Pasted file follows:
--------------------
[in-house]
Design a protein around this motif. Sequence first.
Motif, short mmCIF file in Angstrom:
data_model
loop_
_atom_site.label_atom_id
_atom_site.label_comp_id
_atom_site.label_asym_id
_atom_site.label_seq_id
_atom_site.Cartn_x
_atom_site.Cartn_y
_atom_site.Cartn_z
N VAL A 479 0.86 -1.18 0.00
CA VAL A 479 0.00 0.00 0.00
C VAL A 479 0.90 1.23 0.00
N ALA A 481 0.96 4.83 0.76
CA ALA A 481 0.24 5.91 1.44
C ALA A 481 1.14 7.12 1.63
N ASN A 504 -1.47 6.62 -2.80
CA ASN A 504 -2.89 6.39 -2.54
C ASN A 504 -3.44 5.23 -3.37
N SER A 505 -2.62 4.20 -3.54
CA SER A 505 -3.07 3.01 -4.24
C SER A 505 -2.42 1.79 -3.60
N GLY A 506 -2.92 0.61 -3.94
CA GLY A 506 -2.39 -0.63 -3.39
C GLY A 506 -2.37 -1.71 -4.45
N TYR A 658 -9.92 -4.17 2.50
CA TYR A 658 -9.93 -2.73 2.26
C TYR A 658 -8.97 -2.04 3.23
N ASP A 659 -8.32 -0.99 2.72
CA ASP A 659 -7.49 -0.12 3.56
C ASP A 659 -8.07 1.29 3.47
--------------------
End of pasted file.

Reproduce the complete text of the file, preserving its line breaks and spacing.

[in-house]
Design a protein around this motif. Sequence first.
Motif, short mmCIF file in Angstrom:
data_model
loop_
_atom_site.label_atom_id
_atom_site.label_comp_id
_atom_site.label_asym_id
_atom_site.label_seq_id
_atom_site.Cartn_x
_atom_site.Cartn_y
_atom_site.Cartn_z
N VAL A 479 0.86 -1.18 0.00
CA VAL A 479 0.00 0.00 0.00
C VAL A 479 0.90 1.23 0.00
N ALA A 481 0.96 4.83 0.76
CA ALA A 481 0.24 5.91 1.44
C ALA A 481 1.14 7.12 1.63
N ASN A 504 -1.47 6.62 -2.80
CA ASN A 504 -2.89 6.39 -2.54
C ASN A 504 -3.44 5.23 -3.37
N SER A 505 -2.62 4.20 -3.54
CA SER A 505 -3.07 3.01 -4.24
C SER A 505 -2.42 1.79 -3.60
N GLY A 506 -2.92 0.61 -3.94
CA GLY A 506 -2.39 -0.63 -3.39
C GLY A 506 -2.37 -1.71 -4.45
N TYR A 658 -9.92 -4.17 2.50
CA TYR A 658 -9.93 -2.73 2.26
C TYR A 658 -8.97 -2.04 3.23
N ASP A 659 -8.32 -0.99 2.72
CA ASP A 659 -7.49 -0.12 3.56
C ASP A 659 -8.07 1.29 3.47